Few events create as much excitement as bringing a new puppy into your home. That little ball of fur will have you wrapped around its paw in no time! But while a puppy’s energetic antics are often endearing, the combo can make your new pupper a less-than-ideal housemate.
If you have a new puppy or plan to get one soon (lucky!), you're going to want to puppy proof your living space. Here are our top puppy proofing tips to keep you, your dog, and all of your loved ones healthy and safe.
Socialize your puppy
One of the most important things you can do for your new pup is to socialize it. You want your dog to be comfortable in new environments, and socialization is the key. “Socializing” simply means teaching your dog how to behave with other people and animals, and you can do it by exposing your puppy to new situations.
Almost everything is new for a puppy, so you’ll have plenty of opportunities for socialization. For example, a walk around your neighborhood may lead to interactions with senior citizens and children alike. A puppy playdate might give your new dog a chance to walk on hardwood floors. All of these can improve your doggo’s confidence and behavior.
Good socialization makes your dog less likely to act aggressively even when it's afraid. Some homeowners insurance covers damages if your dog hurts someone outside of your family, but you need to check your policy. Lots of states require you to add animal liability.
Create a safe place to explore
Your new puppy is a bundle of curiosity, and investigating the world is an important part of socialization. However, you want to make sure your pup is protected as it explores. Doors leading to the outside or to risky areas (e.g., a basement) need to be closed, and stairs should be blocked with a baby gate.
The ideal situation for exploring the outdoors is a yard with a fence that your dog can’t jump over, squeeze through, or dig under. If that’s not possible, then you want to always have your dog on a leash, even in your yard.
Close windows and fix screens
Your puppy’s powerful sniffer may lead it to investigate breezes coming in from outside, so you want to make sure that you either close your windows or that your screens are in good repair. The idea that a beloved but nosey pet might fall from a window is tragic, but veterinarians treat victims of high-rise syndrome all the time.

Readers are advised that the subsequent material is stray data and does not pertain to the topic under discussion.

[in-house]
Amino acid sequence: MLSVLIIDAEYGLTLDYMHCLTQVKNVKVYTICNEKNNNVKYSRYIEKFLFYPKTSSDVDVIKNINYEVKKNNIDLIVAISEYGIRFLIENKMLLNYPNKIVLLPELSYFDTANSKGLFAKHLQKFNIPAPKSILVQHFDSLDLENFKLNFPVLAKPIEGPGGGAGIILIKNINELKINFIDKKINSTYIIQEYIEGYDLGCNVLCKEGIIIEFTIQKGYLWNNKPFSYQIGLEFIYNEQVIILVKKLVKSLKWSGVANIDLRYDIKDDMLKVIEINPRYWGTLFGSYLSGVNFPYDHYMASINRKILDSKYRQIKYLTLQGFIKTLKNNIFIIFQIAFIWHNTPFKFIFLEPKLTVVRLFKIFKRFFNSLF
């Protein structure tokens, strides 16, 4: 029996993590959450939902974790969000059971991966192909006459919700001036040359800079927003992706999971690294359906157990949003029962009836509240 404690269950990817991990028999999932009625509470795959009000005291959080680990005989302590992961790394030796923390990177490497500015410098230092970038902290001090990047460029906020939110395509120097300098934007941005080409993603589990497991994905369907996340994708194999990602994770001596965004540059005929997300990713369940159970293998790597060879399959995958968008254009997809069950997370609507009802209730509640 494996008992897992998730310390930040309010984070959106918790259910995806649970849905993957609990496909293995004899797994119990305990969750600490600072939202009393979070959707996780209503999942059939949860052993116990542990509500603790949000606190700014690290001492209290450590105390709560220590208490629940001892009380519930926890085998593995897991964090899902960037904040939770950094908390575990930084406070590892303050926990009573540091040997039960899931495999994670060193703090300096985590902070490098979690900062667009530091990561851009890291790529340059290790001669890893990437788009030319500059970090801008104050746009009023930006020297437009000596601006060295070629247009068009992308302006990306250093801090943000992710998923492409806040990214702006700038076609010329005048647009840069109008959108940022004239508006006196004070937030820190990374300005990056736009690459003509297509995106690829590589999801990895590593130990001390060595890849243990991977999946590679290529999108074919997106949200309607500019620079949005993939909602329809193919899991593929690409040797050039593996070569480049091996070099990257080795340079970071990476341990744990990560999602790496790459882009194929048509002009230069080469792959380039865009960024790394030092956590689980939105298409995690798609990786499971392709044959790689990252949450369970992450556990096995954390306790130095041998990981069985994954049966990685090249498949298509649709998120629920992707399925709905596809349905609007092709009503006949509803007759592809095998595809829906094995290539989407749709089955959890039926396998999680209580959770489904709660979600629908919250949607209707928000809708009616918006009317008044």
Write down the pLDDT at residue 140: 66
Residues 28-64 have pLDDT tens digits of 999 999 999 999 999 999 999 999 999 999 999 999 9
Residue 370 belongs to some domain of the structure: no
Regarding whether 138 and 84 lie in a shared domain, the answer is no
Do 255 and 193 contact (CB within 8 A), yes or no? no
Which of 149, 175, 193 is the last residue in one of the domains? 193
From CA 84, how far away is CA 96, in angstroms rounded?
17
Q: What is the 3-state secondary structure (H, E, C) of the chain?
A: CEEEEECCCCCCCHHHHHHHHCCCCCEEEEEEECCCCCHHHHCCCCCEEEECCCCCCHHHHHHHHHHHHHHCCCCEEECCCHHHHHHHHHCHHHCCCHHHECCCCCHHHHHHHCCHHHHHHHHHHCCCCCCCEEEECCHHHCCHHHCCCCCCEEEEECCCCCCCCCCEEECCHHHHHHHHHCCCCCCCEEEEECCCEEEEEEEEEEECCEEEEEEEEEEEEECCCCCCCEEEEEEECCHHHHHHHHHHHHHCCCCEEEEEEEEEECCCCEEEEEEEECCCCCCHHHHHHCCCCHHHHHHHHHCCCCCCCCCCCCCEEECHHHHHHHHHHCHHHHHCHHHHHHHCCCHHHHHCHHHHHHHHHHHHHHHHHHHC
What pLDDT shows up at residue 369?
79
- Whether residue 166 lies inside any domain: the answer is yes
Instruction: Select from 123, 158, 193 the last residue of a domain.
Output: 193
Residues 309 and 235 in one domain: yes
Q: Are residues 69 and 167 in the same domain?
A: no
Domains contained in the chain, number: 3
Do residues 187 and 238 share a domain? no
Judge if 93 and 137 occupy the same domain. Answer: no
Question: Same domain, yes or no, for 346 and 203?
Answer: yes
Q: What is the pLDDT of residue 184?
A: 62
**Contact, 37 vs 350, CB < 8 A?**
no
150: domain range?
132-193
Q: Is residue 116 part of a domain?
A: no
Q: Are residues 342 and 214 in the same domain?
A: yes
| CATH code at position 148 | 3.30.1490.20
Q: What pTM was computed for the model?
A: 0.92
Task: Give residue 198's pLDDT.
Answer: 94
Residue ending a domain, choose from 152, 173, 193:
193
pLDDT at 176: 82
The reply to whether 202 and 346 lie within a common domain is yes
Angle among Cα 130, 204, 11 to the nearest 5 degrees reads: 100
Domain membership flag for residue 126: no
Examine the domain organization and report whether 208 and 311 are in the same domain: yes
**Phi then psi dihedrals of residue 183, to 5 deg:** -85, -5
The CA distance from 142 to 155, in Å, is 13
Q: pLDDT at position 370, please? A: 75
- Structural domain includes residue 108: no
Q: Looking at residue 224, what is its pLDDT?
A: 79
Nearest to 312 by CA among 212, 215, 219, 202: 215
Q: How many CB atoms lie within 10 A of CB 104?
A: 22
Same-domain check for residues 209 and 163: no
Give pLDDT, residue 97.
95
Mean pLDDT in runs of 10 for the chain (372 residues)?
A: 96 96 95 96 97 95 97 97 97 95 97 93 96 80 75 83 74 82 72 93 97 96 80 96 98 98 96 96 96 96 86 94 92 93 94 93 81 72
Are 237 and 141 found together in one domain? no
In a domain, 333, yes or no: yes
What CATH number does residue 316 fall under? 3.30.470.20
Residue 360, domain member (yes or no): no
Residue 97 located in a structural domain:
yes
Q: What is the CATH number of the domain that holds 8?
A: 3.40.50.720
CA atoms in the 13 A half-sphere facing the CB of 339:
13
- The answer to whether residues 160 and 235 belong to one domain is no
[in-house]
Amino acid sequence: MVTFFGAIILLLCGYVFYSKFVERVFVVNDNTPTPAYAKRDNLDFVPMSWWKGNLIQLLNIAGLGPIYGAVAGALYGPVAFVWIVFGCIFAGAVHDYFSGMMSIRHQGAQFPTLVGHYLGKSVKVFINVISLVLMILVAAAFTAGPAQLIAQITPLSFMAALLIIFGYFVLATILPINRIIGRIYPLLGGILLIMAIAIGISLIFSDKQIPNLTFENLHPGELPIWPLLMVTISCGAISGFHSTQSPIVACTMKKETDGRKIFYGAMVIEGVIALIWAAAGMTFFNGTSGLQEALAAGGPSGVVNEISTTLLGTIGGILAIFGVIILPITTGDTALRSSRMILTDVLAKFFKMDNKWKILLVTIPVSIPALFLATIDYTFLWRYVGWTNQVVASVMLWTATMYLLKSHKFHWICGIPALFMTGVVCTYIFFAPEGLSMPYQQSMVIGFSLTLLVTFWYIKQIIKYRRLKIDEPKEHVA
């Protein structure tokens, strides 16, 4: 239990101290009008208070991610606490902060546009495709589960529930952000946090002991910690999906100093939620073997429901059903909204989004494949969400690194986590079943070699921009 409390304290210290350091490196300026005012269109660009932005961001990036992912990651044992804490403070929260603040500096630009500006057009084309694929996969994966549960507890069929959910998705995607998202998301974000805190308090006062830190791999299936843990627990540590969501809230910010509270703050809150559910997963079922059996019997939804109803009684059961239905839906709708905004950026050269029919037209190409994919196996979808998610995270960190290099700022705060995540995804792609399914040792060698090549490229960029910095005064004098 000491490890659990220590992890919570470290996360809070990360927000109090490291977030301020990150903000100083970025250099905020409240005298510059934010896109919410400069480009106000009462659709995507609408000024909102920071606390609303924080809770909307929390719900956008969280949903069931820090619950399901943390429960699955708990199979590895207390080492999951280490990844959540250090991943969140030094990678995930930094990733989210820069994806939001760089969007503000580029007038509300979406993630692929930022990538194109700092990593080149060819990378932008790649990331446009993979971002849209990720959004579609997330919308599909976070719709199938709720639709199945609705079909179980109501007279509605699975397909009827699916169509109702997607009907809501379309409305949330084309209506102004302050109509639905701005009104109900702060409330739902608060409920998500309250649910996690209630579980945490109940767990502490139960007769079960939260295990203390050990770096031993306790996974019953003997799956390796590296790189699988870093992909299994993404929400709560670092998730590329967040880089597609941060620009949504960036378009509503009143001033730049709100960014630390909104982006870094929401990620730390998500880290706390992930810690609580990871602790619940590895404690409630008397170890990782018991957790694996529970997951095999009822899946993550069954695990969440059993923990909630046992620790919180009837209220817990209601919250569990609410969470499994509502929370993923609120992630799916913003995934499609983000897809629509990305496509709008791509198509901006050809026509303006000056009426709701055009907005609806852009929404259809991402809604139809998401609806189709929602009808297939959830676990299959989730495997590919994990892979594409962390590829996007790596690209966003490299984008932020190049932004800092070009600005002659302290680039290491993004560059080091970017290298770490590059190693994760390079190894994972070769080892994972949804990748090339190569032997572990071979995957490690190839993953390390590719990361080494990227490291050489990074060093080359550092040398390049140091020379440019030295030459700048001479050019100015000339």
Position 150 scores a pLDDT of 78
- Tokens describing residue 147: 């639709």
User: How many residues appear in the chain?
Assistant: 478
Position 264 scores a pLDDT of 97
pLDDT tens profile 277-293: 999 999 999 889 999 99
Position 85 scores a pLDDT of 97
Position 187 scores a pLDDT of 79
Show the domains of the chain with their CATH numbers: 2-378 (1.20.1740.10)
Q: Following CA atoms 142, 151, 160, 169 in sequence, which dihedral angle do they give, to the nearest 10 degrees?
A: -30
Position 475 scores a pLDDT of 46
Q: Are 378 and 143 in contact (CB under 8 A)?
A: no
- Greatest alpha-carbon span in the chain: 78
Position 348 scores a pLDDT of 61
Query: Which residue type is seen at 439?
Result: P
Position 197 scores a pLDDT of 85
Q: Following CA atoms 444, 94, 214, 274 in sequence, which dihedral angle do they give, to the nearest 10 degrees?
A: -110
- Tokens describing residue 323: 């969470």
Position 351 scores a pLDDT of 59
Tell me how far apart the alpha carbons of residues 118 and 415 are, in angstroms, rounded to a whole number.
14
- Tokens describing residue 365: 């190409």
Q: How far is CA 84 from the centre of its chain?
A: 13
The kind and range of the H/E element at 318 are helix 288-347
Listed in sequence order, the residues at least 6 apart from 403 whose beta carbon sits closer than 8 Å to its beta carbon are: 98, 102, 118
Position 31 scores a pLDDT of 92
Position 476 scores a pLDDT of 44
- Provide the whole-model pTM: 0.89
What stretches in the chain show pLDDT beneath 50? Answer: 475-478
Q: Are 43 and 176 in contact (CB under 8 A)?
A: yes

While you're checking your windows and screens, take a look at your curtains and blinds. Puppies like to pull anything that can be pulled, and that includes cords of all kinds. You may be able to puppy proof these by:
- Tying up the excess.
- Cutting the loop in the cord so it’s not a choking hazard.
- Adding a hook to the wall to secure them.
Electrical cords can also be a problem. You may be able to hide them in cord concealers or behind furniture that your puppy can’t access. Another option is to use a deterrent spray on exposed cords to discourage your puppy from playing with them.
Make harmful places off-limits
Puppies learn about the world around them using all of their senses, including taste. That means they’re likely to use their mouths to pick up all sorts of harmful items. Take a look at your home from that point of view, and you’ll see lots of areas that should be off-limits to Fido. Some examples include:
- Your garage.
- Your basement.
- Under sinks.
If you store chemicals like antifreeze, cleaning solutions, and fertilizer or sharp tools in any of these places, then you want to minimize your pup’s access to them. Think, too, about trash cans under the sink or in your backyard. You may see this as just garbage, but your dog can find the smell irresistible, so make sure you have secure lids.
Store medications safely
Keeping medications out is handy for you, but your new puppy will find more ways to climb up a kitchen counter or nightstand then you can imagine. Play it safe and puppy proof all your medications in a medicine cabinet that is well out of the reach of your pup.
Bonus tip: You might also want to store your pet’s medication in a place other than yours. Not only does that help you avoid mix-ups, but it may limit Rover’s interest in your meds.
Learn about toxic plants
Chemicals and medicines aren’t the only things your puppy might eat that can be harmful. Both indoor and outdoor plants may be poisonous, too. Take a look at this list of toxic plants from the American Society for the Prevention of Cruelty to Animals (ASPCA). Once you know, then you can either put your plants out of your pupper’s reach or get rid of them altogether.
Keep batteries away from puppies
Like we said, puppies like to chew just about everything. That’s annoying on its own, but it can turn dangerous if your dog gets its mouth on something with a battery. While your dog is young, put your key fobs, remote controls, and other battery-operated items on high shelves.
Bonus tip: Always have your veterinarian’s number on hand as well as the ASPCA’s poison control hotline at 888-426-4435.
Puppy proofing your home is an important part of getting a new dog, but what do you do in an emergency situation? Check out our pet disaster preparedness tips for answers.